When I heard that I was going to get the chance to document & spend time with Jamie Rouse a second time, I couldn't have been more thrilled. Jamie is a fly fishing legend who resides in Heber Springs, a couple stone throws away from the Little Red River. I piled into Fayettechill's "Adventure Suburu" with colleague and partner in crime, Devin O'Dea, & the consistently solid Connor Cockrell and we were off. We drove through a torrential downpour to get to the location, which, per usual, was perfect shooting conditions.
One of the things I love about shooting for Fayettechill is that I'm always getting to shoot things, specifically outdoor sports, that I actually know quite little about. This means that there is no formula. I haven't spent hours studying fly fishing magazines with "proper" compositions, I don't have a point of reference for yoga, mountain biking or rock climbing, which means I get to incorporate my own style into every shoot I go on. What a treat to be trusted in such uncertain waters.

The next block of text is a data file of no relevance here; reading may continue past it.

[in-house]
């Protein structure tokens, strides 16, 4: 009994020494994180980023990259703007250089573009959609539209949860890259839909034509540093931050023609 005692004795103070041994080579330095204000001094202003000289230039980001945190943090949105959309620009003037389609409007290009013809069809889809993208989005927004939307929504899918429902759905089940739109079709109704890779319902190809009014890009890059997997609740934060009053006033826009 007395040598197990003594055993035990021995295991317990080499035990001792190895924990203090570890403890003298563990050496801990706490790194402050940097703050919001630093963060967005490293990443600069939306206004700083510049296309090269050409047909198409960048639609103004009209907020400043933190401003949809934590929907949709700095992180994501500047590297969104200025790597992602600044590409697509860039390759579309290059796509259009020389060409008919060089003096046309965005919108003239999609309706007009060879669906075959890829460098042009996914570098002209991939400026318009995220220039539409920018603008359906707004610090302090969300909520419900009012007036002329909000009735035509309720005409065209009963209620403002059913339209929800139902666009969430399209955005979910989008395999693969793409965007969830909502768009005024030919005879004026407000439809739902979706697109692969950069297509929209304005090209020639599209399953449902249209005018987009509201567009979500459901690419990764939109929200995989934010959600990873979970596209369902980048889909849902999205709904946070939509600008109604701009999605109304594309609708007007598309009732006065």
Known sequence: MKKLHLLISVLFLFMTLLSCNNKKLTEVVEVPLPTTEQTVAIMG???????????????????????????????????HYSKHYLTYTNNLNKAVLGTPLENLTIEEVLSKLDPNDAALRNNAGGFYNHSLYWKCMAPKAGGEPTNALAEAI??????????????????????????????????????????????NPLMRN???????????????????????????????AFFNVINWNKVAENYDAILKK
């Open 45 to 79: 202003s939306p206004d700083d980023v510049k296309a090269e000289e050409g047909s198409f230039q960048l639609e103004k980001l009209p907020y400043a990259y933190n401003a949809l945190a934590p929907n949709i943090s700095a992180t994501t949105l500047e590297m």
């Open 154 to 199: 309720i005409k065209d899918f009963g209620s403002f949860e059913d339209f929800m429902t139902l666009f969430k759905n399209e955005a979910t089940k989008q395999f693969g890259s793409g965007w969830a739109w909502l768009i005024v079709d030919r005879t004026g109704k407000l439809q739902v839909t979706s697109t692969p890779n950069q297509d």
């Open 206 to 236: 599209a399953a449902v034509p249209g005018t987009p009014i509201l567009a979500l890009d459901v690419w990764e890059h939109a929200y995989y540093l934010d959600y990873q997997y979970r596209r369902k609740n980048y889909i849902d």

Waking up at 5am is never something I get too excited about doing, but dawn on the Red River did not disappoint. The burnt magenta sun beams punching holes through the blanket of fog moved something deep within me. The God-part of what surrounded me reached out to the God-part within me and it made me feel alive. I've been listening to a lot of spoken word artist, Levi the Poet lately. I share his sentiment:
"I've seen the entire spectrum refracting off the ripples beneath my bare feet from the edge of this weathered dock, and thought God, there's got to be more than this.
I have no idea what to believe, but beauty pulls me beyond myself like I don't even have a choice, so I know I don't believe in nothing.
Where, my love, does the beauty inside of a tree reside, made up of atoms, identical and colorless, where the light of the sun merely vibrates in waves toward our eyes, striking tissues and moving along nerves like a telephone wire, to their endings, like telephones? I do not know. There is no actual color in the atoms of which the tree is composed, or in those vibrations. Shape, size, color, touch and the like are simply the names we call our sensations, and no amount of study can ever bring the notion of beauty to the tree...
When I don't know how, help me embrace the mystery."